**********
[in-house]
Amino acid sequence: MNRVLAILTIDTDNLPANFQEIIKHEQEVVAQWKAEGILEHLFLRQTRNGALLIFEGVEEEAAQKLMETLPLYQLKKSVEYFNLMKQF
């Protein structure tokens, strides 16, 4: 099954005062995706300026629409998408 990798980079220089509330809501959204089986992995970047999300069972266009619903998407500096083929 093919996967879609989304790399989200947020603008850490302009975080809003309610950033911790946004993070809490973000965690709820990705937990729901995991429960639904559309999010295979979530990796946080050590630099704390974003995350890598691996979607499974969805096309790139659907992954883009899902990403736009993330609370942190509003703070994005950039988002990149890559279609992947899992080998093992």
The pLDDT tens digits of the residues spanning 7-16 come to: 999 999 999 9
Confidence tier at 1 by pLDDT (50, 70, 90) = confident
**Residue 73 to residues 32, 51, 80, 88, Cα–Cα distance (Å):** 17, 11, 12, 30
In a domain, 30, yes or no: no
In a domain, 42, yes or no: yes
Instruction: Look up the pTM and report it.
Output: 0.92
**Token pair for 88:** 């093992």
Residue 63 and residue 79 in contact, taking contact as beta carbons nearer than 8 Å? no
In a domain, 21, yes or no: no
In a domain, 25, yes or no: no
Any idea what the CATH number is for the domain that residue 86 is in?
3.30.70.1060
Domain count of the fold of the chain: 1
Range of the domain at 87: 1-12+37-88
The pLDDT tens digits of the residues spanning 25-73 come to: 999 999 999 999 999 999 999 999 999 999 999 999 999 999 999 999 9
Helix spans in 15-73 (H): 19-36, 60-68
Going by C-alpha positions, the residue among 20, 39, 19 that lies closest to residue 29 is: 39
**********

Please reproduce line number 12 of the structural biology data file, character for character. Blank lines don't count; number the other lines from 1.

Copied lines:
Residue 63 and residue 79 in contact, taking contact as beta carbons nearer than 8 Å? no